As I said in my review of Tim Burton’s Dumbo on Tuesday, I mentioned that it’s been a while since I last watched the animated version. It was definitely when I was a child because I didn’t feel weird about the crows. Something I didn’t bring up in my review. Not because I don’t think it’s problematic: I do. But because I didn’t see what more I could say on the issue that hasn’t already been said. Yes, there is a Jim Crow reference in the middle of the film. Yes, it’s clearly bad. But it happened over 40 years before I was born. Of course, it’s going to make me uncomfortable. We should just be grateful that there was no attempt to make that scene fit into the live action remake. There was already a lot about Tim Burton’s film that stressed me out without coming face-to-face with his interpretation of Disney’s racist past.
As I mentioned in one of my 30 Books for my 30th posts, I was incredibly excited about the release of this new Tracy Beaker book. I’ve loved Jacqueline Wilson since I was a young girl and would say that she definitely inspired me when I was growing up. The Story of Tracy Beaker was one of the first of her books that I read so the idea of revisiting the character now she was also an adult was exciting. This was going to be one of those literary events that bring together readers young and old. It would appeal to readers of the target age of Wilson’s books and the now grown-up readers who enjoyed her books as children. And it was a literary event that I knew that I couldn’t miss. I genuinely couldn’t wait to get started on this book. Although, kickoff was delayed somewhat thanks to Matt fucking Haig. But as soon as I opened that first page it was like going back in time. Back to a time when reading was constantly magical. When I only ever read books that were fun and I never felt guilty about how quickly I was getting through them. My Mum Tracy Beaker was a book I was only reading for myself. It didn’t matter how literary or worthwhile it was. It didn’t matter how great it was going to be. It was all about getting back to that childish love of reading that Jacqueline Wilson first helped to instil in me. It was a celebration of who I was, who I am now, and who I could be afterwards. It was a celebration of everything that Wilson did for me as a child. Basically, this book was kind of a big deal.
There’s something quite scary about nostalgia. When you revisit something that you loved as a child there is always the danger it won’t be the same. Which is why I’ve tended to avoid most of the reboots of my most loved childhood TV and films. It’s the reason I only got round to watching the two new Paddington films recently instead of when the first one came out. I just didn’t think it would the same. I didn’t think there was any chance that the CGI bear would give me the same feelings as the cartoon one did in my youth. As we now know, I loved both of the films and feel like an idiot for not believing that I would. So, when Christopher Robin was announced I treated it with less suspicion. I knew that it was possible to make a really good live action version of one of my childhood favourite animated classics. Plus, you know, Ewan McGregor’s face is always a reason to get excited. Continue reading
Anyone out there who is a fan of Harry Potter, so most of the reading population of planet Earth, will know that today marks the fictional anniversary of the fictional Battle of Hogwarts. On this day of fictional commemoration the real author J K Rowling takes to Twitter to apologise to her fans for killing one of their favourite characters. This year she said sorry to her social media followers for the death of fan favourite Dobby, Harry Potter’s faithful House Elf friend. In the past she has made similar public apologies for killing characters such as Severus Snape, Remus Lupin, and Fred Weasley. And, as I sit here desperately wanting to go to bed but needing to write something for today’s post, I can’t but wonder why the fuck she bothers. I mean if it bothers her that much why kill them in the first place? It’s just more of her pathetic pandering to her fans to ensure that the Harry Potter gravy train she’s riding for the rest of her life never stops. And, really, every year I lose a little more respect for her as a writer.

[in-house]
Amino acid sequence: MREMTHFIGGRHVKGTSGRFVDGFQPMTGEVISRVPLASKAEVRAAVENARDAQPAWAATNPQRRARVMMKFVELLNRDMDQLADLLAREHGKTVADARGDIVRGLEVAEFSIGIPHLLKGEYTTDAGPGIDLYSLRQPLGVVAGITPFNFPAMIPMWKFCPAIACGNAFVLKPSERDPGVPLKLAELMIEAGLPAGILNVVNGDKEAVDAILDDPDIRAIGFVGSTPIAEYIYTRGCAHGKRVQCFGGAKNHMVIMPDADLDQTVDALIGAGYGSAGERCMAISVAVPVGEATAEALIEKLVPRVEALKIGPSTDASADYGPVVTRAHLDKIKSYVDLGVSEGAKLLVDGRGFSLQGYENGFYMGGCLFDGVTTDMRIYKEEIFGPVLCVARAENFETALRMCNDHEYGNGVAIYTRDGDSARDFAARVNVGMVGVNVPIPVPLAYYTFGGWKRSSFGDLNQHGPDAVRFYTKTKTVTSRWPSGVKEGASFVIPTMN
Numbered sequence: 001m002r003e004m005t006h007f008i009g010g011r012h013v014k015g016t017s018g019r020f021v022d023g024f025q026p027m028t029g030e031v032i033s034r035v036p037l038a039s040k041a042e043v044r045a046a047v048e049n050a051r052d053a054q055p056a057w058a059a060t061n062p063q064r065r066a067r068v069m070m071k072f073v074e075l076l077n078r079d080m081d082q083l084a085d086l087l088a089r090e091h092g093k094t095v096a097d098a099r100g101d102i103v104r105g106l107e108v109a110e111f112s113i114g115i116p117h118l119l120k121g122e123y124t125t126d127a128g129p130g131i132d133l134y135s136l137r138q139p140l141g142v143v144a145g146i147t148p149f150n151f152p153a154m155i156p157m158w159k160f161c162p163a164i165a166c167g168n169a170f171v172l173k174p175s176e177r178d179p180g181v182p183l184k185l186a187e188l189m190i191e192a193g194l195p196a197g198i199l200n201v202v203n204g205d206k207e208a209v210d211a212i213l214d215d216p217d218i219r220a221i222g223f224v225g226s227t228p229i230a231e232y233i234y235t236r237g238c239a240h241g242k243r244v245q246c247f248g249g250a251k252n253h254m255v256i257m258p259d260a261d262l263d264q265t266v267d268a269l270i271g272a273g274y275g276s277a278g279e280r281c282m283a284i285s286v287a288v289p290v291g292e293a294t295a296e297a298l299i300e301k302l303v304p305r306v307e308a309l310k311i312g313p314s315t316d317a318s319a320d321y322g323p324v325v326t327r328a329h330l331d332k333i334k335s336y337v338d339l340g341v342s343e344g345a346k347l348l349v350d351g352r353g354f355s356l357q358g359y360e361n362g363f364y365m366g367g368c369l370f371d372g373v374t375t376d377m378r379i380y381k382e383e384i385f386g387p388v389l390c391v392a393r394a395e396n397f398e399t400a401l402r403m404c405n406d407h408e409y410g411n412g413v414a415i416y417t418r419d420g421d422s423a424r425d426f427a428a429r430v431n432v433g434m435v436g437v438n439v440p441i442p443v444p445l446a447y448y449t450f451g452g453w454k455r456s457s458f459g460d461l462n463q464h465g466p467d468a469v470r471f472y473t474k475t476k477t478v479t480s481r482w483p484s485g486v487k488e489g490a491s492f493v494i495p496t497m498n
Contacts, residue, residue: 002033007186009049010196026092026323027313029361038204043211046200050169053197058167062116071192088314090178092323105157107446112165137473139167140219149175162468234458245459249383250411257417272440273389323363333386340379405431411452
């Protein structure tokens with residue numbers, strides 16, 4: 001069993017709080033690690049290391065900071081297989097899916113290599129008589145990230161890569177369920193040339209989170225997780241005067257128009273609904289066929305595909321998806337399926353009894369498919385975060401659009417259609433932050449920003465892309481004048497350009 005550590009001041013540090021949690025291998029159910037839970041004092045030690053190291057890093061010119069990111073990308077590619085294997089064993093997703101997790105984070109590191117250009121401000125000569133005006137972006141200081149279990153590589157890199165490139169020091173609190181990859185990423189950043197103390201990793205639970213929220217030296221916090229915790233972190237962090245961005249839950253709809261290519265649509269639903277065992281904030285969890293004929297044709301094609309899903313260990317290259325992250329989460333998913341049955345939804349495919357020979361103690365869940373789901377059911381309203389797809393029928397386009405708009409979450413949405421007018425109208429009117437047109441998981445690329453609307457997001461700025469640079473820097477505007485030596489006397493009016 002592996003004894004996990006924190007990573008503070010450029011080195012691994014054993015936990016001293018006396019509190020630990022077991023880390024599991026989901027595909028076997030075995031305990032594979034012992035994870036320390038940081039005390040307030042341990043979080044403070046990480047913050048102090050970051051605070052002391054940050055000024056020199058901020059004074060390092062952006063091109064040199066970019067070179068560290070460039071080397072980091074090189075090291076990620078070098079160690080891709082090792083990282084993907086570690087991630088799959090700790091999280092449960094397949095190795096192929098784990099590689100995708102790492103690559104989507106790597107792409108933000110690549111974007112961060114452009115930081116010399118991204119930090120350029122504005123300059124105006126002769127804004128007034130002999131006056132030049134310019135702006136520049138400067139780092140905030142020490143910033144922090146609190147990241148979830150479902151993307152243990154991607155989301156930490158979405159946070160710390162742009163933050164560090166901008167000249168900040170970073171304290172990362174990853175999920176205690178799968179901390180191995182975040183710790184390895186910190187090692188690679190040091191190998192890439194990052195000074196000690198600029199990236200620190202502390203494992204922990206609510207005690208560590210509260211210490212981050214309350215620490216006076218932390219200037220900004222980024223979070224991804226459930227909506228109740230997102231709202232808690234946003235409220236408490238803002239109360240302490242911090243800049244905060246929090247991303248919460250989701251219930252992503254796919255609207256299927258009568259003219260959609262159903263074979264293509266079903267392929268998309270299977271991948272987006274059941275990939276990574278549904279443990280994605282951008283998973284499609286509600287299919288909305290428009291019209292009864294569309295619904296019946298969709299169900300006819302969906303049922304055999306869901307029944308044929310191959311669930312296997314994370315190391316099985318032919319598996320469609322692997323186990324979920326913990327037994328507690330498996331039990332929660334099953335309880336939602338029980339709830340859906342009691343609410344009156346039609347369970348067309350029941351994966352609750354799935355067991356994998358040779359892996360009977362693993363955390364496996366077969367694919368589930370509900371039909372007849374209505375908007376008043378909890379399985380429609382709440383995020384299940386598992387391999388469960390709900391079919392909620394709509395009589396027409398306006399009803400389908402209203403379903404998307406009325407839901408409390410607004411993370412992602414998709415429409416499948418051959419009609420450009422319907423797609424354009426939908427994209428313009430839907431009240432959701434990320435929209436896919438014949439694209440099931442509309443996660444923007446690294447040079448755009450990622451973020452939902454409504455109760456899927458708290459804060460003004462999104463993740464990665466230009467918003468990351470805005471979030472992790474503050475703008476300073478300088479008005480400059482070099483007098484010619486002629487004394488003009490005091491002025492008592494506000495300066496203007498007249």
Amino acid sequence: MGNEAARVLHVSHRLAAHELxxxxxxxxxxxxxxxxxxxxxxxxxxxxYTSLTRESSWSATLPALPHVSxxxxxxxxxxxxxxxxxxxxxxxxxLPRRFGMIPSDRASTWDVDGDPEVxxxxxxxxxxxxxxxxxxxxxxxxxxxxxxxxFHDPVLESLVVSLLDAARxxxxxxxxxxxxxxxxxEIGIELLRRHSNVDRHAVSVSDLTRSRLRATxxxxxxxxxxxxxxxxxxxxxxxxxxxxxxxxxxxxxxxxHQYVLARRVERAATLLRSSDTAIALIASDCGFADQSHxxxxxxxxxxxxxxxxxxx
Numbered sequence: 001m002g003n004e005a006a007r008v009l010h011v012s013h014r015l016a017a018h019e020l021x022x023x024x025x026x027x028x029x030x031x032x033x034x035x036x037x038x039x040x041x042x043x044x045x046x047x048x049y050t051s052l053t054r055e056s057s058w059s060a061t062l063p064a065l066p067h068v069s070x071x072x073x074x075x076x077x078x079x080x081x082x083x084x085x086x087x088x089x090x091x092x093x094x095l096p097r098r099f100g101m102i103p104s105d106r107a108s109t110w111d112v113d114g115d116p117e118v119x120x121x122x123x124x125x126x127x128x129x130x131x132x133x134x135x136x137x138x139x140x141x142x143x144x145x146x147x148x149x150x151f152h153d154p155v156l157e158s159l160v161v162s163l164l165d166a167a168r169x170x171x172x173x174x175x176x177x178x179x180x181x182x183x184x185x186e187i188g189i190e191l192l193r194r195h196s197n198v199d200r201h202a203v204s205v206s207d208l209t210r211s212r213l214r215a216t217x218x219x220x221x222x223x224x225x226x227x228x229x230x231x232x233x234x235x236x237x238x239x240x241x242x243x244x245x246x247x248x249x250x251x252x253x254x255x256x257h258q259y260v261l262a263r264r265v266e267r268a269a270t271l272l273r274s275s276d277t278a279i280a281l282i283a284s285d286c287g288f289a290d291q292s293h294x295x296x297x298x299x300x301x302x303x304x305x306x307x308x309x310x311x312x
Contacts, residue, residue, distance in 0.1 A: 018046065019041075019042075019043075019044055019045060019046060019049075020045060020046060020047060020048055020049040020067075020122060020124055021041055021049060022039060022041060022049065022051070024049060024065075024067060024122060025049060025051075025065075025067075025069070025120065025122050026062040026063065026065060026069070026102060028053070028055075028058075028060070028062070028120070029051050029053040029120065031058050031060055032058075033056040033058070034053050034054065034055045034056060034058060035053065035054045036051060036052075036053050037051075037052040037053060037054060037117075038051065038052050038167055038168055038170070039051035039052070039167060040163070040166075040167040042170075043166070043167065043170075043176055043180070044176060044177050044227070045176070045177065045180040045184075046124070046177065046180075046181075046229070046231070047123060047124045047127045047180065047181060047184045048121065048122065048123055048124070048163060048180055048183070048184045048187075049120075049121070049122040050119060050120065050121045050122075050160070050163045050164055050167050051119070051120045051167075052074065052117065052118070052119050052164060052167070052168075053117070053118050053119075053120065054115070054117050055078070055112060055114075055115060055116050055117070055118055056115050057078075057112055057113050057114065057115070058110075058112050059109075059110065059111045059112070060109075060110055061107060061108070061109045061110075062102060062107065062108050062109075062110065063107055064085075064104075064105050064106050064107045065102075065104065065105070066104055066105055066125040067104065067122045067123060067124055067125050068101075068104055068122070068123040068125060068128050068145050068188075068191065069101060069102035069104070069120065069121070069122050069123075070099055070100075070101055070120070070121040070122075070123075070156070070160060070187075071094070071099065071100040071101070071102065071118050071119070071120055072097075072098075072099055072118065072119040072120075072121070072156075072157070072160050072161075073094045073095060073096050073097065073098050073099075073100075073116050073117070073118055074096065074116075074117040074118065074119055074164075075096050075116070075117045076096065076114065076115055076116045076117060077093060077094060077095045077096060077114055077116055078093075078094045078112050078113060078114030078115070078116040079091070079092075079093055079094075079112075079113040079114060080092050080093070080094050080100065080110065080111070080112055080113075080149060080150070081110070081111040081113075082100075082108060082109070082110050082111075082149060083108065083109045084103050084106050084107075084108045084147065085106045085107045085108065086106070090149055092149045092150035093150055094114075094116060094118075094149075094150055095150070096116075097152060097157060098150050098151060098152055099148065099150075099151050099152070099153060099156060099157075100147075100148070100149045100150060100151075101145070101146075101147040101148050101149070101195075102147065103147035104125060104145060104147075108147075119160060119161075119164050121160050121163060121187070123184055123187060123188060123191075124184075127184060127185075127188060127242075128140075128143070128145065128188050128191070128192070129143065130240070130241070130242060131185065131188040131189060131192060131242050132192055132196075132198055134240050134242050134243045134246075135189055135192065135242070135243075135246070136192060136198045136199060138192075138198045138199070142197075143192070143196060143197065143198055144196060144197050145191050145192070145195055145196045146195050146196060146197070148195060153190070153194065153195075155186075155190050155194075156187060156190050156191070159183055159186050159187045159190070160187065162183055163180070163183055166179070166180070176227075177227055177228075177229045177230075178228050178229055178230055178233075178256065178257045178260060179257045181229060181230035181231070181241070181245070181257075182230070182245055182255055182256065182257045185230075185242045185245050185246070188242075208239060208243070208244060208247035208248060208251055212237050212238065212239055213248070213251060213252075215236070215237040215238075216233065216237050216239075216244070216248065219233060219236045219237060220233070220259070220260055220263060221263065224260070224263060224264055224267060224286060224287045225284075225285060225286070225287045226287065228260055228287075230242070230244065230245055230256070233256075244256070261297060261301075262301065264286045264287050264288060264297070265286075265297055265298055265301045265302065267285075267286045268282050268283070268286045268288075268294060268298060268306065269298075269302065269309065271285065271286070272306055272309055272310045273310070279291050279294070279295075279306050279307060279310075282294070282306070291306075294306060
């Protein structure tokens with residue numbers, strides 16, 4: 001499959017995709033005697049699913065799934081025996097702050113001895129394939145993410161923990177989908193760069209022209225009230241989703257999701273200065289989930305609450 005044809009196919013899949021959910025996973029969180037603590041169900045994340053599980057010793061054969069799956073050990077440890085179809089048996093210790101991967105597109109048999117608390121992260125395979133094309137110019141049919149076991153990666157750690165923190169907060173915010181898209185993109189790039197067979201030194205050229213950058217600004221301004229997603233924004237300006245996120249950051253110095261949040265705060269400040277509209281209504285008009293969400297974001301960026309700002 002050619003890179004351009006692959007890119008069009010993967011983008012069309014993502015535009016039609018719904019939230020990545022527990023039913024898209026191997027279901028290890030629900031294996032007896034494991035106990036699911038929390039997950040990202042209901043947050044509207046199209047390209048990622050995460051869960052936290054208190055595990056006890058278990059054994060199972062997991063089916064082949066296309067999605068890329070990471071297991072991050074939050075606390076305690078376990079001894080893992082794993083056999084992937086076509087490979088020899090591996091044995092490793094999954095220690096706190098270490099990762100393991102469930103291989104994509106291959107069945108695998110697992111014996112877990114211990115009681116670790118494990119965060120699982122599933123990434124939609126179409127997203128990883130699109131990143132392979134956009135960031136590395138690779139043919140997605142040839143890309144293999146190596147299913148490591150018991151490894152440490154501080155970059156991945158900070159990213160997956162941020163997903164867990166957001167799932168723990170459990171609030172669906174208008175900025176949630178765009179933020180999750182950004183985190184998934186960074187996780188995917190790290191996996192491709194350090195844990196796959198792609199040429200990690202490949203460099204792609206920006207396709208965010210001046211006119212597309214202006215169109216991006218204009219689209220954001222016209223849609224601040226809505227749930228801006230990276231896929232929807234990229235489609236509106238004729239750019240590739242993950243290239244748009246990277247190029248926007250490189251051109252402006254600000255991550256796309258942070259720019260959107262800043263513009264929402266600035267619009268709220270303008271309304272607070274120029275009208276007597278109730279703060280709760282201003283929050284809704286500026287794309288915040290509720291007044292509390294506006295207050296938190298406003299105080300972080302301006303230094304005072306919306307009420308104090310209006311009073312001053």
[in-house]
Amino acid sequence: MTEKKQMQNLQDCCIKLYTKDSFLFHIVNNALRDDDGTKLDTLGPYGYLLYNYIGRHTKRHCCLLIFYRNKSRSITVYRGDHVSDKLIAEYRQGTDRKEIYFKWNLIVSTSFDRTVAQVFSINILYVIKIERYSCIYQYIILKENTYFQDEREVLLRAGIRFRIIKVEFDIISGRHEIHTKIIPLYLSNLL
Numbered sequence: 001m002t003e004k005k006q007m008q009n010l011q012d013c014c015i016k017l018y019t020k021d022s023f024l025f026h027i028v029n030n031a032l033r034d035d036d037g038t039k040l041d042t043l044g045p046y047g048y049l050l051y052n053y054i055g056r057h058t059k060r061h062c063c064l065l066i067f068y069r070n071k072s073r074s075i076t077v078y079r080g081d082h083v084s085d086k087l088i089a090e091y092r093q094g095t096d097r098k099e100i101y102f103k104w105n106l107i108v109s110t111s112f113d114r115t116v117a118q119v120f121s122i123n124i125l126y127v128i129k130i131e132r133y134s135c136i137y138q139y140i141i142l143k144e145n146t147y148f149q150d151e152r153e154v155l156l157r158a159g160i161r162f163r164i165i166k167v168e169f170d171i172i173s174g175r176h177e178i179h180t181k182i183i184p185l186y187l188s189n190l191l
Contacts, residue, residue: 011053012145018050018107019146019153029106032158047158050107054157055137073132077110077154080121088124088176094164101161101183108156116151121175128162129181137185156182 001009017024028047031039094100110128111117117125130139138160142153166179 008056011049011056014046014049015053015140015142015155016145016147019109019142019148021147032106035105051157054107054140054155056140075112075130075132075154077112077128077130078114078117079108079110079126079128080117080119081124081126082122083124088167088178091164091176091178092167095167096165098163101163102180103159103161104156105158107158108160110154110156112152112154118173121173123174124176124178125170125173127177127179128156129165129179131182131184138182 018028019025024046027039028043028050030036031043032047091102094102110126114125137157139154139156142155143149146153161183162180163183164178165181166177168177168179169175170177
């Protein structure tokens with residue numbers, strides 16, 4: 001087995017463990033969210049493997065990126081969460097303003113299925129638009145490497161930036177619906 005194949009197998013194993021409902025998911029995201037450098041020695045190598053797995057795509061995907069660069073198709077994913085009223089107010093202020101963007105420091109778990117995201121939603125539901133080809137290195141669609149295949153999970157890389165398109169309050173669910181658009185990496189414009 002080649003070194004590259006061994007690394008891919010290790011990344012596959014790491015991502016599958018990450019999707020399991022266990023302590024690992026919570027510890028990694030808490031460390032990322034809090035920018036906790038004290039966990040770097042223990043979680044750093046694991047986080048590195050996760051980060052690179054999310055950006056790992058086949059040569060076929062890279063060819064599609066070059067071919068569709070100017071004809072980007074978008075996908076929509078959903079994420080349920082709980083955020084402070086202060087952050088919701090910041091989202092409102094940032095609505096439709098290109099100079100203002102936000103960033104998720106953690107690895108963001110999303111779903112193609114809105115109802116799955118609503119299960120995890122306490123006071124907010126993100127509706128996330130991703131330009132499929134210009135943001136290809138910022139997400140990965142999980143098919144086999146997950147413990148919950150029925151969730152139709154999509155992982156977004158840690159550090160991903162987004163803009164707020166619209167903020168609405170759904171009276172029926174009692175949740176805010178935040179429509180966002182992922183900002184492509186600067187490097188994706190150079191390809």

Within my TBT film jar there are a couple of films that I’ve been desperate to watch again. Films that I’ve loved for years but, for one reason or another, I just haven’t seen for a while. This is one of those films. I don’t think I’ve ever been able to definitively answer the question “what is your favourite movie?” because it changes on an almost daily basis. They are so many films out there that it’s impossible to pick just one. It all comes down to mood, time of the day, time of the year, what I’m wearing, who I’m with… you know how it is. Still, if, at gunpoint, I was forced to make a list of my top 10 films I would, after a long time thinking about it, be able to make a list of films I love in no particular order. If that horrific situation (and I’m referring to the list making not the gun by the way) ever did arise then I’m pretty sure that this film would definitely be part of it. It’s one of those films that manages to bridge the gap between silly, nostalgic film and genuinely well-made film. The kind of film you love to watch and aren’t embarrassed to love. You know, like I am with Space Jam. Although, that film has been criminally under-looked critically.
Dear Jacqueline Wilson,
This letter should be one full of joy and celebrating the news that you’re writing a new Tracy Beaker story. Narrated by Tracy’s 9-year-old daughter. I remember reading The Story of Tracy Beaker as a child. It inspired me in so many ways. I wanted to write. I started keeping a diary. I watched the TV show even when I was far too old to be doing so. I can’t wait to read the newest adventure and see how Tracy grew up. I’m sure I’m not alone. There will be an entire generation of women who grew up with your stories who will have experienced that same wave of nostalgia that I did. It’s the kind of impact you have as a writer.